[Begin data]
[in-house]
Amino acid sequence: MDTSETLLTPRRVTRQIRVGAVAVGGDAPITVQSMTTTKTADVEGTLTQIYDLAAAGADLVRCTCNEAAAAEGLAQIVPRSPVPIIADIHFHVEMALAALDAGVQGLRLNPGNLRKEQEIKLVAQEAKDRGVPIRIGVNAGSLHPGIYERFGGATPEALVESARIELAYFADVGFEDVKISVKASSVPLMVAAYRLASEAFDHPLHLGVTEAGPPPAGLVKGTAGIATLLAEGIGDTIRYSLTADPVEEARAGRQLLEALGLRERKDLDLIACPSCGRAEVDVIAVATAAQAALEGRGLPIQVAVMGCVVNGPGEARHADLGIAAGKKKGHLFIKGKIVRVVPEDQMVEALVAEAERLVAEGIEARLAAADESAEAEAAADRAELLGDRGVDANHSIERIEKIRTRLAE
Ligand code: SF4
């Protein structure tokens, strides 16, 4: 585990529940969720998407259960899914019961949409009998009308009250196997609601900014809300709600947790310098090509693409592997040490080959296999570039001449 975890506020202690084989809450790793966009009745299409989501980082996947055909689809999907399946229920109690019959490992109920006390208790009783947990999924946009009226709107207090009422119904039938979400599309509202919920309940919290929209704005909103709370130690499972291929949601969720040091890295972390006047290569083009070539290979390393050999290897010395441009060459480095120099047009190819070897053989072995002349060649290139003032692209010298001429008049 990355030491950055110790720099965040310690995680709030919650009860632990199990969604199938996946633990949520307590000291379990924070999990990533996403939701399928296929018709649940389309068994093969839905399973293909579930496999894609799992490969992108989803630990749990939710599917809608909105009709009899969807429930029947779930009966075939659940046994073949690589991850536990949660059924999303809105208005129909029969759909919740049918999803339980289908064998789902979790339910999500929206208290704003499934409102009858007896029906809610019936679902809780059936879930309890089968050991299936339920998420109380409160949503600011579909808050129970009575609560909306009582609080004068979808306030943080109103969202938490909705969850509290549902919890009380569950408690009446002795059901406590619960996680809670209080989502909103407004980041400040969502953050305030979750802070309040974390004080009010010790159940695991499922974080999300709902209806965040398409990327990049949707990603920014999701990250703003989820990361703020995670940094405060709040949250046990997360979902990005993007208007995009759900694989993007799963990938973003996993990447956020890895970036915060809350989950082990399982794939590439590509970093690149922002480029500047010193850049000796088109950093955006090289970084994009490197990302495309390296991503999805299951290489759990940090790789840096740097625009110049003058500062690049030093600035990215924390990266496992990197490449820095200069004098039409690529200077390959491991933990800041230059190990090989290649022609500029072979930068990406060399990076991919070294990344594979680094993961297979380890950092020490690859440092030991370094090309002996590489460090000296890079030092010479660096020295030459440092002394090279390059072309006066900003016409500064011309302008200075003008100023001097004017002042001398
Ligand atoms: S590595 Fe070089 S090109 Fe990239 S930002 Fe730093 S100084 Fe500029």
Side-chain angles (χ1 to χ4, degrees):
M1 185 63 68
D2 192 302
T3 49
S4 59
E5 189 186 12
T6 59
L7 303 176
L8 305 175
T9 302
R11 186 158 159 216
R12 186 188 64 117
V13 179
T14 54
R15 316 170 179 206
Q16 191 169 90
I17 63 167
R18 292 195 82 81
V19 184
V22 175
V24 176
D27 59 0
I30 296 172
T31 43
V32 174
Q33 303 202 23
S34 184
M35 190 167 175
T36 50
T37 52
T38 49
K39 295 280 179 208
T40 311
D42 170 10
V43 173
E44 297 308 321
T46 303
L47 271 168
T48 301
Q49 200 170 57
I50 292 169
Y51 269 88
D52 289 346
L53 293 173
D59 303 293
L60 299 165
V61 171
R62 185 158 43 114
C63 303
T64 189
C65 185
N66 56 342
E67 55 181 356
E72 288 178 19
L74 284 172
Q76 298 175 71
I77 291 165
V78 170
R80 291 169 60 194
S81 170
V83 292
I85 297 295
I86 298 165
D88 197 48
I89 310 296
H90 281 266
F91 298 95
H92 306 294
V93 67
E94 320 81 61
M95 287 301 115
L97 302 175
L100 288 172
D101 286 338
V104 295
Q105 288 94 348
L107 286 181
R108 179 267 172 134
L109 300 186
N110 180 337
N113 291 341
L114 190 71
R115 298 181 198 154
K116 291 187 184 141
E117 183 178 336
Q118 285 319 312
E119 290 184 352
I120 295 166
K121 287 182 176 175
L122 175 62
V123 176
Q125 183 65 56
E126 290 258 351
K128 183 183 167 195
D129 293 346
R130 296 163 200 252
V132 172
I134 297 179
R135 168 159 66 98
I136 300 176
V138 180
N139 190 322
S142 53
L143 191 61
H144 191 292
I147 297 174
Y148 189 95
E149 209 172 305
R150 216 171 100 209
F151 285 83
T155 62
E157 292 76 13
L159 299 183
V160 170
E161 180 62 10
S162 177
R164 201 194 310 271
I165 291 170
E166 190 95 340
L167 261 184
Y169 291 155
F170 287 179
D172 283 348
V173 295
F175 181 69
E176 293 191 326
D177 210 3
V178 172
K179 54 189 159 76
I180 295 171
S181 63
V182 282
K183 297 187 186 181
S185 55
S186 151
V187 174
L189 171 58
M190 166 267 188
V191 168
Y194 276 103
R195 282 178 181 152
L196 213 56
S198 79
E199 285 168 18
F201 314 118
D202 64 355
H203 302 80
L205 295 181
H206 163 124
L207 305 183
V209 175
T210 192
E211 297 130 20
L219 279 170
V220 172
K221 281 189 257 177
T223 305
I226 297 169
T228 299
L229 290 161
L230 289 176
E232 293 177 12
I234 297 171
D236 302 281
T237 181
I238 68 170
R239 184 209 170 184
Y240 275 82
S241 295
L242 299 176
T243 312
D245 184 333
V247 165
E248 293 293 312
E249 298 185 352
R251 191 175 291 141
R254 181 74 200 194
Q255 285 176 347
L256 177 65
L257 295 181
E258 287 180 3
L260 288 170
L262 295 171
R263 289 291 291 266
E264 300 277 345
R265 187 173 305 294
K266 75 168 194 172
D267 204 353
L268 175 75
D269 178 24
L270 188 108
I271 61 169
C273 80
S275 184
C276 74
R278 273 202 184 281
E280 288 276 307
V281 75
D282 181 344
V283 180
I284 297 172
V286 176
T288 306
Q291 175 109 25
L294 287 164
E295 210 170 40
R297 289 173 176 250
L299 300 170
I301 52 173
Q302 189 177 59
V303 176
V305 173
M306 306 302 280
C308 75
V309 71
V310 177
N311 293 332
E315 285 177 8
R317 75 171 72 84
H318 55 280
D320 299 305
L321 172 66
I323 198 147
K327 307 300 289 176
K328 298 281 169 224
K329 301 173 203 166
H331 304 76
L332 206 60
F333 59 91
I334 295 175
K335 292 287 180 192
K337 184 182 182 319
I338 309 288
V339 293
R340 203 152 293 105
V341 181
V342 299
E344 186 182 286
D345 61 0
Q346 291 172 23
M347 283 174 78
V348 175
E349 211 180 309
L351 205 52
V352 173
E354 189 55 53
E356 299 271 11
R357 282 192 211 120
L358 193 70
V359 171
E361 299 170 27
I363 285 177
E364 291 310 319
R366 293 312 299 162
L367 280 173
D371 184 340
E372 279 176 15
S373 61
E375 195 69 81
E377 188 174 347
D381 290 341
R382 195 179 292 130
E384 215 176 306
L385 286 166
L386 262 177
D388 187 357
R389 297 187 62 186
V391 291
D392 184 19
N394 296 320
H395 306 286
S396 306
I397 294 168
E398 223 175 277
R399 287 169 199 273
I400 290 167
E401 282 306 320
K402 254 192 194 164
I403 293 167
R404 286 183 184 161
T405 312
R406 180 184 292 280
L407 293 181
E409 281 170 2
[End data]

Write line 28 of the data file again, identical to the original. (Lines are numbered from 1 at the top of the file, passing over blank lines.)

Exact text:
I30 296 172